- Tapa blanda: 656 páginas
- Editor: Penguin; Edición: Reprint (1 de septiembre de 1983)
- Idioma: Inglés
- ISBN-10: 0140067485
- ISBN-13: 978-0140067484
Detalles del producto
Even though PUZZLE PALACE has been around for eighteen years, it still seems to be the best researched book on NSA that's available. It would be nice if Bamford could update us on what has happened in those intervening years.
None of the following is classified information. I was an enlisted man in the Army Security Agency, stationed in the Philippines, from 1955 to 1957. I had been trained as a French Linguist at the Army Language School. It wasn't until I got to the Philippines that I even knew that there was an organization known as the National Security Agency (NSA). Even more amazing is the fact that, until I read Bamford's book, I had no idea how what I was doing fit into the scheme of things. Thanks, James Bamford, for clearing that up for me some forty five years later. Better late than never, they say.
What I think that Bamford has done so well is to tell the true story of the creation of a modern "Frankenstein's Monster." He presents a cogent case for the very real need for communication interception and code breaking in the early days of NSA's existence. He proceeds to take us through, step by step, the process whereby a protector of our freedoms seems to have evolved into a threat to those very freedoms.
According to Bamford, the communications security community seems almost paranoid in their fears that "unless we absolutely control it, it's dangerous." They are devious enough to get around any and every safeguard to the privacy of the individuual that might be established. To wit: Jimmy Carter, when he was President, put a few safeguards in place. With time on their side, the NSA waited until Ronald Reagan was President and got him to remove those safeguards. (See page 374 of the 1982 hardback edition.)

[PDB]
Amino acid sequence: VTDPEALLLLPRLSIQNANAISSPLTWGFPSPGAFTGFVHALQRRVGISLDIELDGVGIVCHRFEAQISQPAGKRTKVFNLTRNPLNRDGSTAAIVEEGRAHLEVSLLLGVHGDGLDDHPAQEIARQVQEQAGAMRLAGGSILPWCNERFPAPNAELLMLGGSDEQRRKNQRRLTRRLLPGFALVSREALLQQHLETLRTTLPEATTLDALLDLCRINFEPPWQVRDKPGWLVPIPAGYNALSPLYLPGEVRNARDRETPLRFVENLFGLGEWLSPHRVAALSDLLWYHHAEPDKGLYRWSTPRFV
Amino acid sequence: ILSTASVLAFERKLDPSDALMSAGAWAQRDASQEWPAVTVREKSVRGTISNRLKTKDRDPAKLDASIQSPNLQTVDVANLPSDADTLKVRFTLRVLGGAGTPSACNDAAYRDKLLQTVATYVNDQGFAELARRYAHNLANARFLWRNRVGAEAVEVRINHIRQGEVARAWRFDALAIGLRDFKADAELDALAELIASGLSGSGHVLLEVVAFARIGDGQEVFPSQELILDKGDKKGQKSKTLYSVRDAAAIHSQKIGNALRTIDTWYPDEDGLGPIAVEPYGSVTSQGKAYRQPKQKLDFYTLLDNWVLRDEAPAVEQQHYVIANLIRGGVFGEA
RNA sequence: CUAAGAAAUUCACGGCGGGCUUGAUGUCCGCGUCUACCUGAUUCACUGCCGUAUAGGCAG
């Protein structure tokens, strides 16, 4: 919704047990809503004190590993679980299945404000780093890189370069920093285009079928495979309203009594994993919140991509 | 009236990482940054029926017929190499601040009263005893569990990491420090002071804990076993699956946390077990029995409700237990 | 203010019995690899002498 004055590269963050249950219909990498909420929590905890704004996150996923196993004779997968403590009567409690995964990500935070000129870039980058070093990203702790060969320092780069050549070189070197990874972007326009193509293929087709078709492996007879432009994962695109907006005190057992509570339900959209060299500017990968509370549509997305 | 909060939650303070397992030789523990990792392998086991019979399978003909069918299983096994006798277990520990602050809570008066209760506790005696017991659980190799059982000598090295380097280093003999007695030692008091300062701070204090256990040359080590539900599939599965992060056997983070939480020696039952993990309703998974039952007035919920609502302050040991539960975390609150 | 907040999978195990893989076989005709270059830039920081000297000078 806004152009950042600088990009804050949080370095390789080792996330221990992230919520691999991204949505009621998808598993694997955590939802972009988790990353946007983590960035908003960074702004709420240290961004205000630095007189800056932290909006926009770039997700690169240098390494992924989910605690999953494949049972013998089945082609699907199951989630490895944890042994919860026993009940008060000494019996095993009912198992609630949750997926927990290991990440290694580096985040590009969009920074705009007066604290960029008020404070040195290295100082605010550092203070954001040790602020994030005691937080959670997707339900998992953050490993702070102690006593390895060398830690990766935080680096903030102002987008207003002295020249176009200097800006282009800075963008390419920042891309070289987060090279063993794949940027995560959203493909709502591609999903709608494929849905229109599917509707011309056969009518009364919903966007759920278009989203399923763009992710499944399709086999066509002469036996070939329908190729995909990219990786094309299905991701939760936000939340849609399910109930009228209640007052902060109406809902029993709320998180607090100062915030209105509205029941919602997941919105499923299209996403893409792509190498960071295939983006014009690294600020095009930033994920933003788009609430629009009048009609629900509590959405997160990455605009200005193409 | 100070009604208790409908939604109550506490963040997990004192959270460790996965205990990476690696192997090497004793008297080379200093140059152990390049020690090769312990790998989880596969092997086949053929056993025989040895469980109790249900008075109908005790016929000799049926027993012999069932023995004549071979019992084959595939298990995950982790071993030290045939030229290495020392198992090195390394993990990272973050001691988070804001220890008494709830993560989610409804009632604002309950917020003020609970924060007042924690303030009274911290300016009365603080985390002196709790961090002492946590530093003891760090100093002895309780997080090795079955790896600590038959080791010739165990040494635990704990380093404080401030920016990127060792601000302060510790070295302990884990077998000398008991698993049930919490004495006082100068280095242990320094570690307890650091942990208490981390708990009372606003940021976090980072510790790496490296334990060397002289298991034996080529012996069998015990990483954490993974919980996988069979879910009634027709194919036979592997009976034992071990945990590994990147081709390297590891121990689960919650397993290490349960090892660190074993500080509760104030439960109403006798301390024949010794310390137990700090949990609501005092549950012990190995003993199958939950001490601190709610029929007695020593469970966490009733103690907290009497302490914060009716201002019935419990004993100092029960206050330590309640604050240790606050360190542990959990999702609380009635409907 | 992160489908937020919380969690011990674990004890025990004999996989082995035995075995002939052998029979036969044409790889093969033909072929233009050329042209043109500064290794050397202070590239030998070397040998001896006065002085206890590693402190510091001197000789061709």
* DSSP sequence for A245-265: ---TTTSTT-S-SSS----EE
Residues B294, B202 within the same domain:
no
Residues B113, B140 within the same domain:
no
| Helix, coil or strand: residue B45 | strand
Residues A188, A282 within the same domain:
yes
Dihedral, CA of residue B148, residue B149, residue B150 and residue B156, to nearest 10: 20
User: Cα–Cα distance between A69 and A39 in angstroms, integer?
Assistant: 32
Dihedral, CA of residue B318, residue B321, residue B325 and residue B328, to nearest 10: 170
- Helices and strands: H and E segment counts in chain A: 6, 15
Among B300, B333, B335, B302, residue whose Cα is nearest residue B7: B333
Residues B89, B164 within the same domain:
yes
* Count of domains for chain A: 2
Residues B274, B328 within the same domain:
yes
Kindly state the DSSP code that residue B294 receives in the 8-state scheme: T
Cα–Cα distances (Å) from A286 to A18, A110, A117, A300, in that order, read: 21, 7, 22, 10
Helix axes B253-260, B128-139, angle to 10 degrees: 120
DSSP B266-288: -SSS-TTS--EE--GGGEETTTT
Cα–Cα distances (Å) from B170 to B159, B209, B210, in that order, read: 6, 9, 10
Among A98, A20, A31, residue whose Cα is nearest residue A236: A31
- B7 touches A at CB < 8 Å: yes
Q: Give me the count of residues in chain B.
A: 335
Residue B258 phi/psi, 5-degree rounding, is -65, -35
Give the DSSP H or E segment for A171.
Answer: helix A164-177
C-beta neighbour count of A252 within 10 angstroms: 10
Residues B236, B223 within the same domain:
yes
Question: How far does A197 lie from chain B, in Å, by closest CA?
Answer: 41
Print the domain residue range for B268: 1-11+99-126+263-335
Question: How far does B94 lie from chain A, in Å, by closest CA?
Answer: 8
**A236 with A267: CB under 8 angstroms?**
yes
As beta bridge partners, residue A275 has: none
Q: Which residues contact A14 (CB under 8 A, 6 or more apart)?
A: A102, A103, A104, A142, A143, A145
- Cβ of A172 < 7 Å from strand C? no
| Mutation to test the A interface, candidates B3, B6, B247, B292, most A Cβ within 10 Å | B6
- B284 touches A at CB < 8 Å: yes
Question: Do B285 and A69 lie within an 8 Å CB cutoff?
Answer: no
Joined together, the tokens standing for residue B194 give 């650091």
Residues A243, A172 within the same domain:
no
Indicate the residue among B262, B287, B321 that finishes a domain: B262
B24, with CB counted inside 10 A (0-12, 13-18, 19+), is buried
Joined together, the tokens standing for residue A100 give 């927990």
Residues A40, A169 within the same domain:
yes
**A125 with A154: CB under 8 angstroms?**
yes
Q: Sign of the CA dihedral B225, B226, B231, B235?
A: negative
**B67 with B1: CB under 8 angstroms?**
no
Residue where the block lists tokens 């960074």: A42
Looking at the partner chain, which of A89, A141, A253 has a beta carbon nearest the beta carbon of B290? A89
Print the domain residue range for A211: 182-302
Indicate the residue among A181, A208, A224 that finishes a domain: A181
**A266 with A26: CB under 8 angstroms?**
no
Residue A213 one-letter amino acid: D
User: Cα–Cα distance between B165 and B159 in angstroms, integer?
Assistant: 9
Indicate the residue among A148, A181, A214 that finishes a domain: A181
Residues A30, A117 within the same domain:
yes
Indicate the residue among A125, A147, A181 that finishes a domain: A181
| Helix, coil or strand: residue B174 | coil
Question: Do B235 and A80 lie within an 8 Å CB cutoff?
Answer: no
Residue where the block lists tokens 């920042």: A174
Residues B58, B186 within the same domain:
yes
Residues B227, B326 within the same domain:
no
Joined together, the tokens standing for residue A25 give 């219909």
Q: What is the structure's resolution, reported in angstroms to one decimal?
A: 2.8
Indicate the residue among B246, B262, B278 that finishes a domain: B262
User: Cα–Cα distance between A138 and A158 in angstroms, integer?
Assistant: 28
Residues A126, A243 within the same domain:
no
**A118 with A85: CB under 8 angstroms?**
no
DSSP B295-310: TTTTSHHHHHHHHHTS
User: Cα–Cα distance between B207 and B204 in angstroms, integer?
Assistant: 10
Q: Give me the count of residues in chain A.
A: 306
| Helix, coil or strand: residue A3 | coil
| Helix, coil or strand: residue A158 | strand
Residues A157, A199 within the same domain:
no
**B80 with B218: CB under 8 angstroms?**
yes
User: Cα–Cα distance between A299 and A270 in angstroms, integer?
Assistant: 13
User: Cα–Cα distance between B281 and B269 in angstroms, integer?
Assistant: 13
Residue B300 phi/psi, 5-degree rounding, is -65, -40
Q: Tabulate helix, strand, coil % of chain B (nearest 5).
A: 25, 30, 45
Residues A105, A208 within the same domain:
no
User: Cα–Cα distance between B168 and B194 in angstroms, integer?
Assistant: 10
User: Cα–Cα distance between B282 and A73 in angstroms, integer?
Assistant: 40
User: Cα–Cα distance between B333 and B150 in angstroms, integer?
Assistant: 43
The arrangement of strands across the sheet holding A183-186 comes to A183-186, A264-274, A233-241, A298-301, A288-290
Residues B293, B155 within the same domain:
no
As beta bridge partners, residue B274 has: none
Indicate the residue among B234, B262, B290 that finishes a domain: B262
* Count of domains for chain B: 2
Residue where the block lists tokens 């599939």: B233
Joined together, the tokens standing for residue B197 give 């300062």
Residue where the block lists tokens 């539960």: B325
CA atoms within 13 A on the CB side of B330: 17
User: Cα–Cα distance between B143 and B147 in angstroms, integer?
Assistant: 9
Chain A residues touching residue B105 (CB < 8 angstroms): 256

It makes one wonder: In today's world of e-mail, high speed faxes, cel phones, etc., all using the air waves, is anything sacred or has Orwell's prediction come true. As I mentioned above, I'd really like for Bamford to bring us up to date.
A few reviewers have complained about problems keeping up with all the initials used in PUZZLE PALACE. One has to understand that no discussion of the magnitude of the situation can be held without mentioning all of the organizations and committees involved.
It is true that a bit of hard work on the part of the reader is necessary to get all, or most, of the impact of the information contained in PUZZLE PALACE, but I think that the knowledge gained is definitely worth the effort.
In the 1980s I wished that "The Puzzle Palace" had not been written; it seemed to me to contain considerable material that would have best been left unpublished (and would have been if the United States had anything like the British Official Secrets Act.) Looking back from the vantage point of 2001, I note only one brief item in "The Puzzle Palace" that I know harmed the United States, and in that case the harm was minor. (Furthermore, Bamford got that item from a senior NSA official, and may not have know that it was sensitive.) And I note several places where Bamford must have known certain things he chose to omit from "The Puzzle Palace" that might indeed have imperiled some aspect of national security, even though they were not, are not, and never have been classified. So, overall, I consider that Bamford walked the tightrope quite well in "The Puzzle Palace."
It will be interesting not only to read his new book when it comes out, but also to compare the new book with "The Puzzle Palace." I intend to keep them side by side on my bookshelf.